Nonetheless, it's my contention that networks like CNN and Fox News will begin to feel as big a crunch as ESPN as cord-cutting significantly escalates. This will push more content online, making it subject to a more honest marketplace in which people pay for what they use. That can only be a good thing for the quality and accountability of media.

Obamagate update: Two tangible developments to watch

Amid all the media furor and debate over what is becoming known as Obamagate -- allegations that the outgoing Obama administration ran surveillance on the opposing party's presidential campaign and later his predecessor's transition team -- there were two tangible developments Monday worth noting and keeping an eye on.

First, the group Judicial Watch -- which has been driving presidents of both parties nuts for 20 years -- filed suit against the Department of Justice, the CIA and the Treasury Department for records relating to intelligence leaks regarding an investigation of Genera Mike Flynn. From a news release:
Judicial Watch announced today that it filed a Freedom of Information Act (FOIA) lawsuit against the Central Intelligence Agency (CIA), the United States Department of Justice and the Department of the Treasury regarding records related to the investigation of retired United States Army Lieutenant General Michel Flynn’s communications with Russian Ambassador Sergey Kislyak (Judicial Watch v. Central Intelligence Agency et al. (No.1:17-cv-00397)). (The National Security Agency refused to confirm or deny the existence of intelligence records about communications between Gen. Flynn and Amb Kislyak.)

Judicial Watch filed the lawsuit after the agencies failed to respond to a January 25, 2017, FOIA request seeking:

Any and all records regarding, concerning, or related to the investigation of retired Gen. Michael Flynn’s communications with Russian Ambassador to the United States Sergey Kislyak between October 1, 2016 and the present.

This request includes, but is not limited to, any and all related warrants, affidavits, declarations, or similar records regarding the aforementioned investigation.

For purposes of clarification, please find enclosed a CNN report regarding the investigation, which cites information that was provided to CNN by members of the Intelligence Community.

In its complaint Judicial Watch asks the court to order the agencies to search for all records responsive to its FOIA requests and demonstrate that they employed reasonable search methods; order the agencies to produce by a specific date all non-exempt records and a Vaughn index of all withheld records; and instruct the agencies to cease withholding all non-exempt records.
The other was a letter that Senate Judiciary Committee chairman Chuck Grassley seeking details on the FBI's reported hiring of a British spy to gather Trump intel during the campaign. From a Grassley release:
Senate Judiciary Committee Chairman Chuck Grassley today is seeking details on the FBI’s reported plans to hire former British spy Christopher Steele to investigate Donald Trump during the presidential campaign, even though the FBI was aware that he was being paid by Democrat political operatives to conduct opposition research on Trump. Steele is the author of the controversial dossier that includes unsubstantiated claims alleging ties between the Trump campaign and the Russian government.

In a letter today to FBI Director James Comey, Grassley is requesting a briefing on the agreement as well as the FBI use of the material in Steele’s memos. Grassley also wants to know whether the FBI ever independently verified the memos’ claims.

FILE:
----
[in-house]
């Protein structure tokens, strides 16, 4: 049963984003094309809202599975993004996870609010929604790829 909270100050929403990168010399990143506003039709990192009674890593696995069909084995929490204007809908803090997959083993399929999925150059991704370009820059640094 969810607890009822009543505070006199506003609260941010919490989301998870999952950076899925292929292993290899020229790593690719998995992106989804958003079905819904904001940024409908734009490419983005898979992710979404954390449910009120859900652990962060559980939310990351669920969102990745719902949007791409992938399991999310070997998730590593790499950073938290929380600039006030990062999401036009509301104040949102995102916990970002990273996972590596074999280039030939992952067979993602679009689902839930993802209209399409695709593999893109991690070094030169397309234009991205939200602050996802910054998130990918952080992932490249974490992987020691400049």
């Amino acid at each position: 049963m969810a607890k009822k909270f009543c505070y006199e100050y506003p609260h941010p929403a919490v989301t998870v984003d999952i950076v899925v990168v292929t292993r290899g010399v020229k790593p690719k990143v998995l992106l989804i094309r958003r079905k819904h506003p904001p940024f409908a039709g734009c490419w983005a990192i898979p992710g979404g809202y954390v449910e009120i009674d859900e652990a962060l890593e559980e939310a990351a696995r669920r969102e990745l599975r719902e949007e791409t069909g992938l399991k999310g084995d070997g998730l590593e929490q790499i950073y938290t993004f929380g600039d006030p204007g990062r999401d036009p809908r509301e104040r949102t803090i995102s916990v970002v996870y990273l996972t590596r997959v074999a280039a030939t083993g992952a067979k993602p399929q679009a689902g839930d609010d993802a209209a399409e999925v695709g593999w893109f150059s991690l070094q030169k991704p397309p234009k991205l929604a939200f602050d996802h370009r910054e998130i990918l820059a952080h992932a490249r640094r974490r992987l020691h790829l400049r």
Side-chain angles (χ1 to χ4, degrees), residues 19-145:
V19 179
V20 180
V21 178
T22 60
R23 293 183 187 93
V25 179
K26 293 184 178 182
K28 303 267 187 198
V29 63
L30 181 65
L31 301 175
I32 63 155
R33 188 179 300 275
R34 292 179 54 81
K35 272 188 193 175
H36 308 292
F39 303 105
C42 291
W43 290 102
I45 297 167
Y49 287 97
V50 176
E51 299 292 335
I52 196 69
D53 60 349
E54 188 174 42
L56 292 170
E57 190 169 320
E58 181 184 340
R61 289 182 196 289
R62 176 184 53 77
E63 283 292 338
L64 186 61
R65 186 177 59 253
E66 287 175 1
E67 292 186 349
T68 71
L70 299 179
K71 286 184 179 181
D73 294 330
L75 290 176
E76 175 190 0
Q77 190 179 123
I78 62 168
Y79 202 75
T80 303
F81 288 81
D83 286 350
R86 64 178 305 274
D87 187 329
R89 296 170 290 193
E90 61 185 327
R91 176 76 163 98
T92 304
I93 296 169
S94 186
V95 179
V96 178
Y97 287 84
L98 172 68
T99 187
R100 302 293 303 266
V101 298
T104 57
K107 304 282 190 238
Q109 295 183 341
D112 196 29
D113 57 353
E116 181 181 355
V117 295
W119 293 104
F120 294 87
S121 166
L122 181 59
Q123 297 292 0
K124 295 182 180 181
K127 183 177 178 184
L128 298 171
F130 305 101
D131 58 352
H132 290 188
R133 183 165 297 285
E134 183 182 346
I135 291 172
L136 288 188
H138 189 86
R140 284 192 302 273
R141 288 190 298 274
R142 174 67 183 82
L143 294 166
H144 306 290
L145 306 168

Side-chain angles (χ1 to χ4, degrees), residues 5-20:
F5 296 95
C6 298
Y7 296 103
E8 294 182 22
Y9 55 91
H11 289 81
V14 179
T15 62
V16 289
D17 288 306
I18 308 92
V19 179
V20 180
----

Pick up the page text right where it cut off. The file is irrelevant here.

“The idea that the FBI and associates of the Clinton campaign would pay Mr. Steele to investigate the Republican nominee for President in the run-up to the election raises further questions about the FBI’s independence from politics, as well as the Obama administration’s use of law enforcement and intelligence agencies for political ends. It is additionally troubling that the FBI reportedly agreed to such an arrangement given that, in January of 2017, then-Director Clapper issued a statement stating that ‘the IC has not made any judgment that the information in this document is reliable, and we did not rely upon it in any way for our conclusions,’” Grassley said in the letter.

In the letter, Grassley is requesting records related to the reported agreement. He is also seeking answers to a number of questions, including who was involved in decisions related to hiring Steele and using his memos, whether the FBI used materials in the memo as the basis for seeking warrants and other investigative tools, and if the FBI has been able to independently verify allegations made in the memos.
Rep. Jason Chaffetz of Utah, chairman of the House Oversight & Government Reform Committee, said that panel, too, will be looking into the alleged wiretapping. This thing is real, and the answers these folks receive could lead to potentially explosive revelations in the days and weeks ahead.

Don't simply rely on corporate-owned media at the local or national levels to give you the straight scoop, however. Many of them are in Full Protection Mode, as some of their organizations disseminated the information that was leaked and appear to be a full participant in what was going on. Read as many accounts from as many different independent sources as you can.

A few things to check out: Mark Levin explained over the weekend why he believes the wiretapping occurred; attorney Robert Barnes explained why there could indeed be legal jeopardy for members of the former administration; and Wikileaks reminds of Obama's history of wiretapping friends and rivals.

Also, keep an eye on the reporting of Joel Pollak from Breitbart and Andrew McCarthy of National Review, who've provided lots of context in recent days.

More here as things develop and my schedule allows.